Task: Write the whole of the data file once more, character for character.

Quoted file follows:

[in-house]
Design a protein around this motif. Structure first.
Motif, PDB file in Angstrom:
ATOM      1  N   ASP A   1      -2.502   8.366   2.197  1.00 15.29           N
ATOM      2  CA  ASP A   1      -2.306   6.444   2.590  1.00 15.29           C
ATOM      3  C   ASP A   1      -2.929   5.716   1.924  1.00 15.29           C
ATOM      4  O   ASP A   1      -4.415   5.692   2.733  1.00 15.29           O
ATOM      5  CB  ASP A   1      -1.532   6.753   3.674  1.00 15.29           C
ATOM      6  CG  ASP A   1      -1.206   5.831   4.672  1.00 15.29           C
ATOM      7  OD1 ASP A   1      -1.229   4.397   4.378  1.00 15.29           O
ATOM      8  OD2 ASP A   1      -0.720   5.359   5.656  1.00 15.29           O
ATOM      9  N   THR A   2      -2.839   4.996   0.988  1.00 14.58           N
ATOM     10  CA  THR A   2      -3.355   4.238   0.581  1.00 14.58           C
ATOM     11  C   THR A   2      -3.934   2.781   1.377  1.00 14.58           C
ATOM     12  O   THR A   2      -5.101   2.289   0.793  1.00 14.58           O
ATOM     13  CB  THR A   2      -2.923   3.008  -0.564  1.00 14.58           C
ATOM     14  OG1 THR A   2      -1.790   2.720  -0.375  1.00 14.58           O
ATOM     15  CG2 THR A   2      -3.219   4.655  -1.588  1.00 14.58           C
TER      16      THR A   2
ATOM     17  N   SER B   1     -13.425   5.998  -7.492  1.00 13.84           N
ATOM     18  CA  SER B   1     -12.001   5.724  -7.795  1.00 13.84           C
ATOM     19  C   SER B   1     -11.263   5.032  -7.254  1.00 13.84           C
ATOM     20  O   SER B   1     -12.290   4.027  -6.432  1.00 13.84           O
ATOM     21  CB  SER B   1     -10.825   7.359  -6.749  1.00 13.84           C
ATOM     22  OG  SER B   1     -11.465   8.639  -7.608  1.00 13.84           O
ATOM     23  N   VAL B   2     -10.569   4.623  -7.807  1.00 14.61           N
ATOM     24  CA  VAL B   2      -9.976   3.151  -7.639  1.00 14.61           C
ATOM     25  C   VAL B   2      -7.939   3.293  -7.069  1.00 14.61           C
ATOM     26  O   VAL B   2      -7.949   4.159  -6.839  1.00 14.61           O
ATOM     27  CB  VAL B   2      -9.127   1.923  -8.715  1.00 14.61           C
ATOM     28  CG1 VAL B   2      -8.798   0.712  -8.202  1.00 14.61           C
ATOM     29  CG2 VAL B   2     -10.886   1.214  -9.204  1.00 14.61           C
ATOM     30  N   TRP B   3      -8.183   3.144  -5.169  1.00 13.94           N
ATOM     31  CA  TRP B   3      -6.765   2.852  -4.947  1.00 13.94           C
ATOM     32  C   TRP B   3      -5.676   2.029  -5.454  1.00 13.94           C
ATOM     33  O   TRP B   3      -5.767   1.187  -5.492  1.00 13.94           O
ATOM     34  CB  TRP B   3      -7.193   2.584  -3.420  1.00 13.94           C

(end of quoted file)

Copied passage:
[in-house]
Design a protein around this motif. Structure first.
Motif, PDB file in Angstrom:
ATOM      1  N   ASP A   1      -2.502   8.366   2.197  1.00 15.29           N
ATOM      2  CA  ASP A   1      -2.306   6.444   2.590  1.00 15.29           C
ATOM      3  C   ASP A   1      -2.929   5.716   1.924  1.00 15.29           C
ATOM      4  O   ASP A   1      -4.415   5.692   2.733  1.00 15.29           O
ATOM      5  CB  ASP A   1      -1.532   6.753   3.674  1.00 15.29           C
ATOM      6  CG  ASP A   1      -1.206   5.831   4.672  1.00 15.29           C
ATOM      7  OD1 ASP A   1      -1.229   4.397   4.378  1.00 15.29           O
ATOM      8  OD2 ASP A   1      -0.720   5.359   5.656  1.00 15.29           O
ATOM      9  N   THR A   2      -2.839   4.996   0.988  1.00 14.58           N
ATOM     10  CA  THR A   2      -3.355   4.238   0.581  1.00 14.58           C
ATOM     11  C   THR A   2      -3.934   2.781   1.377  1.00 14.58           C
ATOM     12  O   THR A   2      -5.101   2.289   0.793  1.00 14.58           O
ATOM     13  CB  THR A   2      -2.923   3.008  -0.564  1.00 14.58           C
ATOM     14  OG1 THR A   2      -1.790   2.720  -0.375  1.00 14.58           O
ATOM     15  CG2 THR A   2      -3.219   4.655  -1.588  1.00 14.58           C
TER      16      THR A   2
ATOM     17  N   SER B   1     -13.425   5.998  -7.492  1.00 13.84           N
ATOM     18  CA  SER B   1     -12.001   5.724  -7.795  1.00 13.84           C
ATOM     19  C   SER B   1     -11.263   5.032  -7.254  1.00 13.84           C
ATOM     20  O   SER B   1     -12.290   4.027  -6.432  1.00 13.84           O
ATOM     21  CB  SER B   1     -10.825   7.359  -6.749  1.00 13.84           C
ATOM     22  OG  SER B   1     -11.465   8.639  -7.608  1.00 13.84           O
ATOM     23  N   VAL B   2     -10.569   4.623  -7.807  1.00 14.61           N
ATOM     24  CA  VAL B   2      -9.976   3.151  -7.639  1.00 14.61           C
ATOM     25  C   VAL B   2      -7.939   3.293  -7.069  1.00 14.61           C
ATOM     26  O   VAL B   2      -7.949   4.159  -6.839  1.00 14.61           O
ATOM     27  CB  VAL B   2      -9.127   1.923  -8.715  1.00 14.61           C
ATOM     28  CG1 VAL B   2      -8.798   0.712  -8.202  1.00 14.61           C
ATOM     29  CG2 VAL B   2     -10.886   1.214  -9.204  1.00 14.61           C
ATOM     30  N   TRP B   3      -8.183   3.144  -5.169  1.00 13.94           N
ATOM     31  CA  TRP B   3      -6.765   2.852  -4.947  1.00 13.94           C
ATOM     32  C   TRP B   3      -5.676   2.029  -5.454  1.00 13.94           C
ATOM     33  O   TRP B   3      -5.767   1.187  -5.492  1.00 13.94           O
ATOM     34  CB  TRP B   3      -7.193   2.584  -3.420  1.00 13.94           C